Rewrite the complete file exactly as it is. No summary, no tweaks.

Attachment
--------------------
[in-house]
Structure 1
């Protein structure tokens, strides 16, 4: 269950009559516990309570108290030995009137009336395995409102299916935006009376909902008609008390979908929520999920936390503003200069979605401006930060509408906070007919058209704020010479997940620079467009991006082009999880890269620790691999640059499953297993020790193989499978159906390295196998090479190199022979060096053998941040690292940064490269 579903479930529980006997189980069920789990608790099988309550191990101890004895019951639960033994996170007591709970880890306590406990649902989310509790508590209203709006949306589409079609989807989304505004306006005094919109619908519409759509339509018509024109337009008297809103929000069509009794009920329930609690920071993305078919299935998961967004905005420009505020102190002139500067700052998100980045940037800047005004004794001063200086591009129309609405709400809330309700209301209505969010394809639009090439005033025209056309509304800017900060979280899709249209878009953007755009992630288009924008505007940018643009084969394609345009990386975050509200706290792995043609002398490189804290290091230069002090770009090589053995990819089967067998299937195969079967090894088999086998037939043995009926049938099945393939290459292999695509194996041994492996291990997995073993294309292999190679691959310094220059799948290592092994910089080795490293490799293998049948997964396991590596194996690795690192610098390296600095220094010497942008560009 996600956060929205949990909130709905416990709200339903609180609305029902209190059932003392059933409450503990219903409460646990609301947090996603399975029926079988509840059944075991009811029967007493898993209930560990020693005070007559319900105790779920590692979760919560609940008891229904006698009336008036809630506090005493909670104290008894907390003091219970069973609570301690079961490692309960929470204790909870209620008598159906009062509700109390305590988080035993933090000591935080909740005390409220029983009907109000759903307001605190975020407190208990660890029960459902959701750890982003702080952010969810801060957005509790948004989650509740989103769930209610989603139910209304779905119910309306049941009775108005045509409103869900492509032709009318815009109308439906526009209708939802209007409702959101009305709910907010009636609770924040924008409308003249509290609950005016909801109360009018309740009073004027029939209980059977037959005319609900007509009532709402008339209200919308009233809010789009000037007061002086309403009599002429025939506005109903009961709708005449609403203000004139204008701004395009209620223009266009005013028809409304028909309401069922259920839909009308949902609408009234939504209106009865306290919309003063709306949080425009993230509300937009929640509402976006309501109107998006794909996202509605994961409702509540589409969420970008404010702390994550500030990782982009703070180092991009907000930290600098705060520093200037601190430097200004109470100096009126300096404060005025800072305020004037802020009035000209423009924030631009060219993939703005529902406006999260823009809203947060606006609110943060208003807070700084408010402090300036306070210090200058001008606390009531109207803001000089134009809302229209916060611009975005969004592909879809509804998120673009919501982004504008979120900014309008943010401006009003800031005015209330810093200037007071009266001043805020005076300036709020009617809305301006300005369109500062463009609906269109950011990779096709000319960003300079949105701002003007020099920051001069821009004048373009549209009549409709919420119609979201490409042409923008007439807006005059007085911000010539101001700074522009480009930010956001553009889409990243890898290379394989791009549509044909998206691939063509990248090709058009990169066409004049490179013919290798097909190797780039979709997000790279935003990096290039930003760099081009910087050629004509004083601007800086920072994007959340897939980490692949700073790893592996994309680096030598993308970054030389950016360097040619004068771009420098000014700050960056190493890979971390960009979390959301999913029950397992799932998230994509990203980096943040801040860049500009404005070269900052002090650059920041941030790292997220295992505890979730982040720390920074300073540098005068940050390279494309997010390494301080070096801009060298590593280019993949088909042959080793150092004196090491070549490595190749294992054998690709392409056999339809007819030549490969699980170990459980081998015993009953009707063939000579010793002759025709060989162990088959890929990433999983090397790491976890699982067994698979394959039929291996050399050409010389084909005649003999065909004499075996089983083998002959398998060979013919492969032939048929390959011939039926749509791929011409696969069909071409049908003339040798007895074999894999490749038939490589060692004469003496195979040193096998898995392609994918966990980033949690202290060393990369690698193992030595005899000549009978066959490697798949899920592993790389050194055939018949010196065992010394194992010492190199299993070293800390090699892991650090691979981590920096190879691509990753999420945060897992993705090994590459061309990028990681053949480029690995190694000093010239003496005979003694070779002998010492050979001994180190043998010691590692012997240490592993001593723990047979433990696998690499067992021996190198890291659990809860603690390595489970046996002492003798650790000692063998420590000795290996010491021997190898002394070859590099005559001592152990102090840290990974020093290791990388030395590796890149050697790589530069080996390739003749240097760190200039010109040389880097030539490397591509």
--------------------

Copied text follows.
[in-house]
Structure 1
């Protein structure tokens, strides 16, 4: 269950009559516990309570108290030995009137009336395995409102299916935006009376909902008609008390979908929520999920936390503003200069979605401006930060509408906070007919058209704020010479997940620079467009991006082009999880890269620790691999640059499953297993020790193989499978159906390295196998090479190199022979060096053998941040690292940064490269 579903479930529980006997189980069920789990608790099988309550191990101890004895019951639960033994996170007591709970880890306590406990649902989310509790508590209203709006949306589409079609989807989304505004306006005094919109619908519409759509339509018509024109337009008297809103929000069509009794009920329930609690920071993305078919299935998961967004905005420009505020102190002139500067700052998100980045940037800047005004004794001063200086591009129309609405709400809330309700209301209505969010394809639009090439005033025209056309509304800017900060979280899709249209878009953007755009992630288009924008505007940018643009084969394609345009990386975050509200706290792995043609002398490189804290290091230069002090770009090589053995990819089967067998299937195969079967090894088999086998037939043995009926049938099945393939290459292999695509194996041994492996291990997995073993294309292999190679691959310094220059799948290592092994910089080795490293490799293998049948997964396991590596194996690795690192610098390296600095220094010497942008560009 996600956060929205949990909130709905416990709200339903609180609305029902209190059932003392059933409450503990219903409460646990609301947090996603399975029926079988509840059944075991009811029967007493898993209930560990020693005070007559319900105790779920590692979760919560609940008891229904006698009336008036809630506090005493909670104290008894907390003091219970069973609570301690079961490692309960929470204790909870209620008598159906009062509700109390305590988080035993933090000591935080909740005390409220029983009907109000759903307001605190975020407190208990660890029960459902959701750890982003702080952010969810801060957005509790948004989650509740989103769930209610989603139910209304779905119910309306049941009775108005045509409103869900492509032709009318815009109308439906526009209708939802209007409702959101009305709910907010009636609770924040924008409308003249509290609950005016909801109360009018309740009073004027029939209980059977037959005319609900007509009532709402008339209200919308009233809010789009000037007061002086309403009599002429025939506005109903009961709708005449609403203000004139204008701004395009209620223009266009005013028809409304028909309401069922259920839909009308949902609408009234939504209106009865306290919309003063709306949080425009993230509300937009929640509402976006309501109107998006794909996202509605994961409702509540589409969420970008404010702390994550500030990782982009703070180092991009907000930290600098705060520093200037601190430097200004109470100096009126300096404060005025800072305020004037802020009035000209423009924030631009060219993939703005529902406006999260823009809203947060606006609110943060208003807070700084408010402090300036306070210090200058001008606390009531109207803001000089134009809302229209916060611009975005969004592909879809509804998120673009919501982004504008979120900014309008943010401006009003800031005015209330810093200037007071009266001043805020005076300036709020009617809305301006300005369109500062463009609906269109950011990779096709000319960003300079949105701002003007020099920051001069821009004048373009549209009549409709919420119609979201490409042409923008007439807006005059007085911000010539101001700074522009480009930010956001553009889409990243890898290379394989791009549509044909998206691939063509990248090709058009990169066409004049490179013919290798097909190797780039979709997000790279935003990096290039930003760099081009910087050629004509004083601007800086920072994007959340897939980490692949700073790893592996994309680096030598993308970054030389950016360097040619004068771009420098000014700050960056190493890979971390960009979390959301999913029950397992799932998230994509990203980096943040801040860049500009404005070269900052002090650059920041941030790292997220295992505890979730982040720390920074300073540098005068940050390279494309997010390494301080070096801009060298590593280019993949088909042959080793150092004196090491070549490595190749294992054998690709392409056999339809007819030549490969699980170990459980081998015993009953009707063939000579010793002759025709060989162990088959890929990433999983090397790491976890699982067994698979394959039929291996050399050409010389084909005649003999065909004499075996089983083998002959398998060979013919492969032939048929390959011939039926749509791929011409696969069909071409049908003339040798007895074999894999490749038939490589060692004469003496195979040193096998898995392609994918966990980033949690202290060393990369690698193992030595005899000549009978066959490697798949899920592993790389050194055939018949010196065992010394194992010492190199299993070293800390090699892991650090691979981590920096190879691509990753999420945060897992993705090994590459061309990028990681053949480029690995190694000093010239003496005979003694070779002998010492050979001994180190043998010691590692012997240490592993001593723990047979433990696998690499067992021996190198890291659990809860603690390595489970046996002492003798650790000692063998420590000795290996010491021997190898002394070859590099005559001592152990102090840290990974020093290791990388030395590796890149050697790589530069080996390739003749240097760190200039010109040389880097030539490397591509």